Getting on the same page and creating your list of shared values is a powerful exercise. These values can help inform how you’ll spend your money, time and attention.
Figuring out what new learnings are needed should be done individually as well as together. There may be some things you’ll need to learn your partner does not, and things you’ll both benefit from learning together. You can find all of our Courses here.
You’ll need to decide if you’ll keep finances separate and share bills, or pool your money together.
Wants and needs are an important part of the budgeting process. Coming to an agreement as partners will help keep you on track to reach your goals.
Credit plays an important role in our lives, influencing where we live, the cars we drive and even where we work. Being a good steward of your credit means annually checking your credit report and potentially freezing your credit to protect against identity theft. One of our Partners Dovly can help you in this process.
There are many ways to create and maintain a personal budget. Spreadsheets are effective, and there are great apps that can help as well; it comes down to personal preference. One of our Partners, Tiller, has an easy to use platform.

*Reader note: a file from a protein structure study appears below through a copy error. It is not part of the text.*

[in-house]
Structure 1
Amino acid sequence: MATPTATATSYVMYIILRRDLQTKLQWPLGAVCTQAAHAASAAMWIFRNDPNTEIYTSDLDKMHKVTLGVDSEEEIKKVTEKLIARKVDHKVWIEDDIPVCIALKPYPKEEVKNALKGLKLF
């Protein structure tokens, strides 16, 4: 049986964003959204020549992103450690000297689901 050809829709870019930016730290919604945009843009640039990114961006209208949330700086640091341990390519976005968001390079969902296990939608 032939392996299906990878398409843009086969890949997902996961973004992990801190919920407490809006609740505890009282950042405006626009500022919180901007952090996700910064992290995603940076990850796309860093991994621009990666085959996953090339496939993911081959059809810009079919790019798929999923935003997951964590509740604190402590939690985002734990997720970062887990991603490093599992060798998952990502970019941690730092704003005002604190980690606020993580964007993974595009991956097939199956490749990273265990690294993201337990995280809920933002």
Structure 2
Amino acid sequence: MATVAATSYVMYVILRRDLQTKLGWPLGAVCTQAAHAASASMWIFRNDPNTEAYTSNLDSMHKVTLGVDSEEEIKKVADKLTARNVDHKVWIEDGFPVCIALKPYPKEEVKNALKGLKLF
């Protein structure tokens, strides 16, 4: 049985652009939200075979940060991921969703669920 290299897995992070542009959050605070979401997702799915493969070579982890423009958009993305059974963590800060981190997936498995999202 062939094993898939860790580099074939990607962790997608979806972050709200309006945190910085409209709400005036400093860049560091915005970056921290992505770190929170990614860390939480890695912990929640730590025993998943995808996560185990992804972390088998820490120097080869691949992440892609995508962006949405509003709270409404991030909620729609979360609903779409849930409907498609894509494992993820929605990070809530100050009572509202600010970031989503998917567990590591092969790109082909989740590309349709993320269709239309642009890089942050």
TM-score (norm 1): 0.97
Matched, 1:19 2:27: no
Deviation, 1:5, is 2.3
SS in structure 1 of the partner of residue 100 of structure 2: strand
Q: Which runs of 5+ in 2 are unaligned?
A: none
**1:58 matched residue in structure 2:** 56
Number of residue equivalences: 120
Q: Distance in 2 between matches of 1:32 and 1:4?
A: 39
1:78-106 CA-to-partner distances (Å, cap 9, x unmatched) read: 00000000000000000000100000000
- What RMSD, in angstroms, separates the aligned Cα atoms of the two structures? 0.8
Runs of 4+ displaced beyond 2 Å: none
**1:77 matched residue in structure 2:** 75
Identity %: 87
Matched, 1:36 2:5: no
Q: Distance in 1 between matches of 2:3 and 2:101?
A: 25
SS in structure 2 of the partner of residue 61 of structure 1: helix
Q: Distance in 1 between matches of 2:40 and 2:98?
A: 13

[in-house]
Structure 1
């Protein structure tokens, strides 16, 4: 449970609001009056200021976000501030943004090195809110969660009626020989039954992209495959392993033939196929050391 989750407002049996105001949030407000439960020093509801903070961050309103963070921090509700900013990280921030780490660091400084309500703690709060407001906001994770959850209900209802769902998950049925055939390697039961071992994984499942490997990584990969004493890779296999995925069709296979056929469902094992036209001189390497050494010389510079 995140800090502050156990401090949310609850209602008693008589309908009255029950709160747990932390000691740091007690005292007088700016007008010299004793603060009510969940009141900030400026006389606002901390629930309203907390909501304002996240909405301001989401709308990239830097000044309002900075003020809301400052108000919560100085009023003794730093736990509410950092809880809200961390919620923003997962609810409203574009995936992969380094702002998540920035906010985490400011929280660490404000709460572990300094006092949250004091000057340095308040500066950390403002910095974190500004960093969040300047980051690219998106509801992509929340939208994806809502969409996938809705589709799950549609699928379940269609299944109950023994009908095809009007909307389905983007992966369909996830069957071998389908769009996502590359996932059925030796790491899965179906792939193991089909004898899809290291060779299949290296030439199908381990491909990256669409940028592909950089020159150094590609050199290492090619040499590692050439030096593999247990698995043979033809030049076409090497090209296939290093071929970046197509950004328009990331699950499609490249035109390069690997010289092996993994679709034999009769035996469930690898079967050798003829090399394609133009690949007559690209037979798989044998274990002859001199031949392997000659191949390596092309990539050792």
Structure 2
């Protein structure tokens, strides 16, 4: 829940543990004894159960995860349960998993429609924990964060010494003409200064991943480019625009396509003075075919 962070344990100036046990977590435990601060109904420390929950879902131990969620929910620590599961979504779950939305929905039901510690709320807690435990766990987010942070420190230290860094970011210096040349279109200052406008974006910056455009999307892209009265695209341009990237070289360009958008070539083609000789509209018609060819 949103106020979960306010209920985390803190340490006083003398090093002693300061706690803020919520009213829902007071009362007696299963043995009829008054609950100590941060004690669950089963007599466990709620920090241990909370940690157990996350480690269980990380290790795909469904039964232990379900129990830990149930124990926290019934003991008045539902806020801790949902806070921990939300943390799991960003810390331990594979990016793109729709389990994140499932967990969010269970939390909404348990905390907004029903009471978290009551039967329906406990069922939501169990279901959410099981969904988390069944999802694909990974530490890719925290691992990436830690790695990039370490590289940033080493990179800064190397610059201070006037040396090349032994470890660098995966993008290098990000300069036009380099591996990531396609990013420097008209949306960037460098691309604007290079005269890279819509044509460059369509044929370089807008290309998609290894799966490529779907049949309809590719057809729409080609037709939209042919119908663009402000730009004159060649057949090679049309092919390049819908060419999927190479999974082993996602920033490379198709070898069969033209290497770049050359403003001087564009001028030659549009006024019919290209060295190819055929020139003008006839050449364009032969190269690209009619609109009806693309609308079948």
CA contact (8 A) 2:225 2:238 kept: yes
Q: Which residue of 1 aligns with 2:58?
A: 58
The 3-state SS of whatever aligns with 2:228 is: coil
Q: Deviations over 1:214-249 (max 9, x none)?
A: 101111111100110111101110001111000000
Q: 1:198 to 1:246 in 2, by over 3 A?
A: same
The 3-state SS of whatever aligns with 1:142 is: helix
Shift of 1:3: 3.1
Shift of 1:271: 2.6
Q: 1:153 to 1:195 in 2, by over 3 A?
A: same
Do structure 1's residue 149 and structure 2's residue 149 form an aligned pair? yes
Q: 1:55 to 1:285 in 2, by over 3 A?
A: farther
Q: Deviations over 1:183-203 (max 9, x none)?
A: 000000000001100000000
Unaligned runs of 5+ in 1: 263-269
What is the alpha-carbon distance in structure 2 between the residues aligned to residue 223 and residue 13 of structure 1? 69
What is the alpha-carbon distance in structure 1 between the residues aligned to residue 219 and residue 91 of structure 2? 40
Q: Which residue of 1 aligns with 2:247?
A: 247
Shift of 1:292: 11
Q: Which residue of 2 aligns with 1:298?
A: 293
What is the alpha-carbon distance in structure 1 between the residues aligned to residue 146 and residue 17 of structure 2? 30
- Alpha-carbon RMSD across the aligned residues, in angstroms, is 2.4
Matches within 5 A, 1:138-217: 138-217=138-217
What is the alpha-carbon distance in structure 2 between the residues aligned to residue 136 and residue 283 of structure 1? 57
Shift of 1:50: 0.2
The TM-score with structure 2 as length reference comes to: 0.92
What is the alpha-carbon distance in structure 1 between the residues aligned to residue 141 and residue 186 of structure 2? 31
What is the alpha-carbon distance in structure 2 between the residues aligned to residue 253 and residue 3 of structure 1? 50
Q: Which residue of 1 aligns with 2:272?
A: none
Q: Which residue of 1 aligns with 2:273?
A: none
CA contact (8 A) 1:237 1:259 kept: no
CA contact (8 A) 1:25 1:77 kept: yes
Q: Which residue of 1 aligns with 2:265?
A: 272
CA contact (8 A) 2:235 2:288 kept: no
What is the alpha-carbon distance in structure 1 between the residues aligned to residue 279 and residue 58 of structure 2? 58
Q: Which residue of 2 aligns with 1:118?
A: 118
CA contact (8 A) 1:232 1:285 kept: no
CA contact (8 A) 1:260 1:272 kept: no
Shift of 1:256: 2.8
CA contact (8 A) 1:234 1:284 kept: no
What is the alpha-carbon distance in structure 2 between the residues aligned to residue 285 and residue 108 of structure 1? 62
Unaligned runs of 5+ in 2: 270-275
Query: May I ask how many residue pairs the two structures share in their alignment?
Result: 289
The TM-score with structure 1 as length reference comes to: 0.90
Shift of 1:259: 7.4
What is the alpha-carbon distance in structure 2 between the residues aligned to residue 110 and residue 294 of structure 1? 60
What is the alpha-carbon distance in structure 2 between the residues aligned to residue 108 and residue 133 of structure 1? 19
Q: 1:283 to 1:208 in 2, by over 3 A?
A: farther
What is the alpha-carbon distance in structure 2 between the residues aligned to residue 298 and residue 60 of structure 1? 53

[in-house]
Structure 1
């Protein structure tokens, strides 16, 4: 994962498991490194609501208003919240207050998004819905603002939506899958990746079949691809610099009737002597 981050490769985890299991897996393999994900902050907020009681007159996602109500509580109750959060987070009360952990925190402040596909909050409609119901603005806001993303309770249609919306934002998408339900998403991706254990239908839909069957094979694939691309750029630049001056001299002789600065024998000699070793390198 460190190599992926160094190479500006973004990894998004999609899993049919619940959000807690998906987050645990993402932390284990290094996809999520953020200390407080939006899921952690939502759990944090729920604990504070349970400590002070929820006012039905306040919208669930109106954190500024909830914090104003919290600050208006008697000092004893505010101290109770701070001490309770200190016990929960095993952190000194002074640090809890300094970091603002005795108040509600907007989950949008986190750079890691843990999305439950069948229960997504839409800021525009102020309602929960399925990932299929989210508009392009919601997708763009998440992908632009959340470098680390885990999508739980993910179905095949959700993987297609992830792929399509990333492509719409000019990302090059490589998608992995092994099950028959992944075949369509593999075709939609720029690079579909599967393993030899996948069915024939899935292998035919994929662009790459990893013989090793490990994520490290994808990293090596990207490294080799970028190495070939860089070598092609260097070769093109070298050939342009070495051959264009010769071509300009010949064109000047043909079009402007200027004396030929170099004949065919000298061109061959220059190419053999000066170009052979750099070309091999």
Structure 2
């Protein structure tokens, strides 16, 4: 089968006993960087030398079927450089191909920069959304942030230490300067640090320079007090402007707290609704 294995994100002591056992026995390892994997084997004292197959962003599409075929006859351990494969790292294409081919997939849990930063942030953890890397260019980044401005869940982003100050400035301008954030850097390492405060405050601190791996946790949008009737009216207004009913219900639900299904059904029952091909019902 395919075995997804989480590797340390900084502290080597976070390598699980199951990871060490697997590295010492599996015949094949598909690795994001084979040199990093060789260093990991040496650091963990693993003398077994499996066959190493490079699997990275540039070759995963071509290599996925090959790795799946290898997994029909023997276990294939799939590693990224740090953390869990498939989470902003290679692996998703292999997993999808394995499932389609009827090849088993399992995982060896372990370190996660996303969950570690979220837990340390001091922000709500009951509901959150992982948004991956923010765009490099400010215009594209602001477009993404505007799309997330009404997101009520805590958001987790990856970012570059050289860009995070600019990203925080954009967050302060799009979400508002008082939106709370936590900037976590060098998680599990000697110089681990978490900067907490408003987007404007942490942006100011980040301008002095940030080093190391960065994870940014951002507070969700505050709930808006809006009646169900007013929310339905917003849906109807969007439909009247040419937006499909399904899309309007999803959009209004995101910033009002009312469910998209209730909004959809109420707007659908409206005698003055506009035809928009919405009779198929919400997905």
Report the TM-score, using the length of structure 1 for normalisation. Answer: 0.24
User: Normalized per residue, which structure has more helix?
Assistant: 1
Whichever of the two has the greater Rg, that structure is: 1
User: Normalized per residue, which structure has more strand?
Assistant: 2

The more we can automate and systemize our finances, the better. Setting up automatic contributions to accounts, automatic bill payments, and having cloud-based access to information makes managing our financial lives easier. One of our Partners, Trustworthy, offers a great online platform for bringing your financial world together.
Schedule meetings. What gets scheduled, gets done. Decide on a day of the month and time, and set recurring meetings to review your finances as a couple. Once you’re on the same page and on track to meet your goals and objectives, you can move to quarterly meetings.
If you’d like some additional help getting on the same page, have a no-cost conversation with one of our Coaches.
This is some of the most important work an individual can do, and certainly some of the most important a couple can do.
Having the courage to interrogate reality, step out from behind our egos and have open and honest dialogue about a difficult subject will set you up for long-term success.
Financial success is available to you and your partner. You can be on the same page and moving in the direction of shared goals!